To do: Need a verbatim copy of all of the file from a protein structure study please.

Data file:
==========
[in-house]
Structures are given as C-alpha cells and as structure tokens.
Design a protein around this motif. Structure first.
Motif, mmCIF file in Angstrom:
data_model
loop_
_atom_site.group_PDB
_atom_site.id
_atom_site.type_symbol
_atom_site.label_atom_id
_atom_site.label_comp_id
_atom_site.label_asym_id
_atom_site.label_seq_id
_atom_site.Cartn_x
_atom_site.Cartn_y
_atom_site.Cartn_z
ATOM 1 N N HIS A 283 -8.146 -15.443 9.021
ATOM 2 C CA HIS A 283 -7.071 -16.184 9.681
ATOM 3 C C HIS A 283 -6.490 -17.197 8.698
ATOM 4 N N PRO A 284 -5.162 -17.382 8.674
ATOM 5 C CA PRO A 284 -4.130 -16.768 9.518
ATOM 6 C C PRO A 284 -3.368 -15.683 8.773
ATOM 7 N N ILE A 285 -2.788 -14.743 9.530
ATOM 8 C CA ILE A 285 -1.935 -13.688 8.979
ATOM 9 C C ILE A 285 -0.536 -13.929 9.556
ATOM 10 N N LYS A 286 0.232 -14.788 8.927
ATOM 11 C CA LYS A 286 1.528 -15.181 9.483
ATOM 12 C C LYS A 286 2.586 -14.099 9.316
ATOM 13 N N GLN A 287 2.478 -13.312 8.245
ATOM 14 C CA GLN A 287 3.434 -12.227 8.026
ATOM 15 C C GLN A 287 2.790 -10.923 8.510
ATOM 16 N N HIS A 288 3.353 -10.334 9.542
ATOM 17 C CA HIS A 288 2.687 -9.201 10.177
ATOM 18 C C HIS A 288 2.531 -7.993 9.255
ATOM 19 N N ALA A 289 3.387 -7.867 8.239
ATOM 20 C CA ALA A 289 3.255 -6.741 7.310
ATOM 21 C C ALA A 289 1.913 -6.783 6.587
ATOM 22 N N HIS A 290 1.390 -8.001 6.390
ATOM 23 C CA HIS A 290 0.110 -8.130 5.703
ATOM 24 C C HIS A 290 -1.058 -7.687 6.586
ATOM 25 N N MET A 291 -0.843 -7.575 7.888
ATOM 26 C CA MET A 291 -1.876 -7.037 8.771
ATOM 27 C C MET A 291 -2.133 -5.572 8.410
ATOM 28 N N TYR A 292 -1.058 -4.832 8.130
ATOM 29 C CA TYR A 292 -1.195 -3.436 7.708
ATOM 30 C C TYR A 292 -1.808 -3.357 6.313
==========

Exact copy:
[in-house]
Structures are given as C-alpha cells and as structure tokens.
Design a protein around this motif. Structure first.
Motif, mmCIF file in Angstrom:
data_model
loop_
_atom_site.group_PDB
_atom_site.id
_atom_site.type_symbol
_atom_site.label_atom_id
_atom_site.label_comp_id
_atom_site.label_asym_id
_atom_site.label_seq_id
_atom_site.Cartn_x
_atom_site.Cartn_y
_atom_site.Cartn_z
ATOM 1 N N HIS A 283 -8.146 -15.443 9.021
ATOM 2 C CA HIS A 283 -7.071 -16.184 9.681
ATOM 3 C C HIS A 283 -6.490 -17.197 8.698
ATOM 4 N N PRO A 284 -5.162 -17.382 8.674
ATOM 5 C CA PRO A 284 -4.130 -16.768 9.518
ATOM 6 C C PRO A 284 -3.368 -15.683 8.773
ATOM 7 N N ILE A 285 -2.788 -14.743 9.530
ATOM 8 C CA ILE A 285 -1.935 -13.688 8.979
ATOM 9 C C ILE A 285 -0.536 -13.929 9.556
ATOM 10 N N LYS A 286 0.232 -14.788 8.927
ATOM 11 C CA LYS A 286 1.528 -15.181 9.483
ATOM 12 C C LYS A 286 2.586 -14.099 9.316
ATOM 13 N N GLN A 287 2.478 -13.312 8.245
ATOM 14 C CA GLN A 287 3.434 -12.227 8.026
ATOM 15 C C GLN A 287 2.790 -10.923 8.510
ATOM 16 N N HIS A 288 3.353 -10.334 9.542
ATOM 17 C CA HIS A 288 2.687 -9.201 10.177
ATOM 18 C C HIS A 288 2.531 -7.993 9.255
ATOM 19 N N ALA A 289 3.387 -7.867 8.239
ATOM 20 C CA ALA A 289 3.255 -6.741 7.310
ATOM 21 C C ALA A 289 1.913 -6.783 6.587
ATOM 22 N N HIS A 290 1.390 -8.001 6.390
ATOM 23 C CA HIS A 290 0.110 -8.130 5.703
ATOM 24 C C HIS A 290 -1.058 -7.687 6.586
ATOM 25 N N MET A 291 -0.843 -7.575 7.888
ATOM 26 C CA MET A 291 -1.876 -7.037 8.771
ATOM 27 C C MET A 291 -2.133 -5.572 8.410
ATOM 28 N N TYR A 292 -1.058 -4.832 8.130
ATOM 29 C CA TYR A 292 -1.195 -3.436 7.708
ATOM 30 C C TYR A 292 -1.808 -3.357 6.313